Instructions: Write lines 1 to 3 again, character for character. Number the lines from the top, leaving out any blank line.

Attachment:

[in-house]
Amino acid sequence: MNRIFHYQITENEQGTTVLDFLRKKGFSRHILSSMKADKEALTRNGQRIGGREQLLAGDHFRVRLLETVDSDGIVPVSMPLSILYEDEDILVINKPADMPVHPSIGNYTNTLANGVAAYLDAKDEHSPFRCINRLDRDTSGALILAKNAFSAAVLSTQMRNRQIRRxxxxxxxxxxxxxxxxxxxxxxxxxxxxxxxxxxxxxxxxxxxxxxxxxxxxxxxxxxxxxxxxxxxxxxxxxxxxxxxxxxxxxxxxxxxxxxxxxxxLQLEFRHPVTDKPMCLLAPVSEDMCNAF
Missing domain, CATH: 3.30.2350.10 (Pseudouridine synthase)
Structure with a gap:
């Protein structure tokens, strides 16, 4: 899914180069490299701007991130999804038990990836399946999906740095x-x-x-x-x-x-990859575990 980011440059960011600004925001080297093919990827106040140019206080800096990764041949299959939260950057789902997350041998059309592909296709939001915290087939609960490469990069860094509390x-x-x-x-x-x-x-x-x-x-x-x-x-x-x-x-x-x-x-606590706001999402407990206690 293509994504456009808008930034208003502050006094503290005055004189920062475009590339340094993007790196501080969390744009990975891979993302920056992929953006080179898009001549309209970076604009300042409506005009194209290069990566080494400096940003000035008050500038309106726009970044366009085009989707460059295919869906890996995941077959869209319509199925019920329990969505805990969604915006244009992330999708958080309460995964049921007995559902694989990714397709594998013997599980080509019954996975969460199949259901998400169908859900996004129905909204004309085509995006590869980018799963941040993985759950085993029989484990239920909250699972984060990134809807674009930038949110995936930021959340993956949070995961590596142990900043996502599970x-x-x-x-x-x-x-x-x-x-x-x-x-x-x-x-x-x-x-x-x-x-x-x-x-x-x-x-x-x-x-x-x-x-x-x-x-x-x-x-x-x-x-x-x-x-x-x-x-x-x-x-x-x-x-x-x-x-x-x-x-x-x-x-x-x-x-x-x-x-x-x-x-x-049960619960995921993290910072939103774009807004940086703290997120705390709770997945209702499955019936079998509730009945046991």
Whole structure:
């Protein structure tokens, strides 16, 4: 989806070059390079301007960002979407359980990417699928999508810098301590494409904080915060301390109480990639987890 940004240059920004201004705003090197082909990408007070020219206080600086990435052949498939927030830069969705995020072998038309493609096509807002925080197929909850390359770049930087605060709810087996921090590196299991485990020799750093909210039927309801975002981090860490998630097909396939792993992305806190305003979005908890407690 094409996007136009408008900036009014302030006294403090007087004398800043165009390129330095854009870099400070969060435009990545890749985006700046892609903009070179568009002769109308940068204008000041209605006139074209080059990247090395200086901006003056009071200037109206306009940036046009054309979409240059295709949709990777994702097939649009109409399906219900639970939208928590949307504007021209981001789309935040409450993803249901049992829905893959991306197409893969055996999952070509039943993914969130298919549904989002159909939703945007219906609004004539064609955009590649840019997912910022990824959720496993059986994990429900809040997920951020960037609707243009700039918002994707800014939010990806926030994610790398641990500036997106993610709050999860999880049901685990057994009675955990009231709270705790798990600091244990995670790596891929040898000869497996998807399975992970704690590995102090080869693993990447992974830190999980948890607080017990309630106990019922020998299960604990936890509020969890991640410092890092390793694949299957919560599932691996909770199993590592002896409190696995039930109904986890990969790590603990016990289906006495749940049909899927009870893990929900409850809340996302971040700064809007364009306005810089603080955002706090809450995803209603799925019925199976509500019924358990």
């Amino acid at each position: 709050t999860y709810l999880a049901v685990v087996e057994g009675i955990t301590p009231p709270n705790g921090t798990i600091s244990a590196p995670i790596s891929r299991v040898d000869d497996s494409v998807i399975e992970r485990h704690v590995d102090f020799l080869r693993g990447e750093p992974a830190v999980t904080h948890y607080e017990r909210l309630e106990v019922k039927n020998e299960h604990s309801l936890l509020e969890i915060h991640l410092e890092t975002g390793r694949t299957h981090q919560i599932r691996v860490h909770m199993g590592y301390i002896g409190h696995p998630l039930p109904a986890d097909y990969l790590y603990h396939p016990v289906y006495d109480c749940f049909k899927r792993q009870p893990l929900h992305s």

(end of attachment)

[in-house]
Amino acid sequence: MNRIFHYQITENEQGTTVLDFLRKKGFSRHILSSMKADKEALTRNGQRIGGREQLLAGDHFRVRLLETVDSDGIVPVSMPLSILYEDEDILVINKPADMPVHPSIGNYTNTLANGVAAYLDAKDEHSPFRCINRLDRDTSGALILAKNAFSAAVLSTQMRNRQIRRxxxxxxxxxxxxxxxxxxxxxxxxxxxxxxxxxxxxxxxxxxxxxxxxxxxxxxxxxxxxxxxxxxxxxxxxxxxxxxxxxxxxxxxxxxxxxxxxxxxLQLEFRHPVTDKPMCLLAPVSEDMCNAF
Missing domain, CATH: 3.30.2350.10 (Pseudouridine synthase)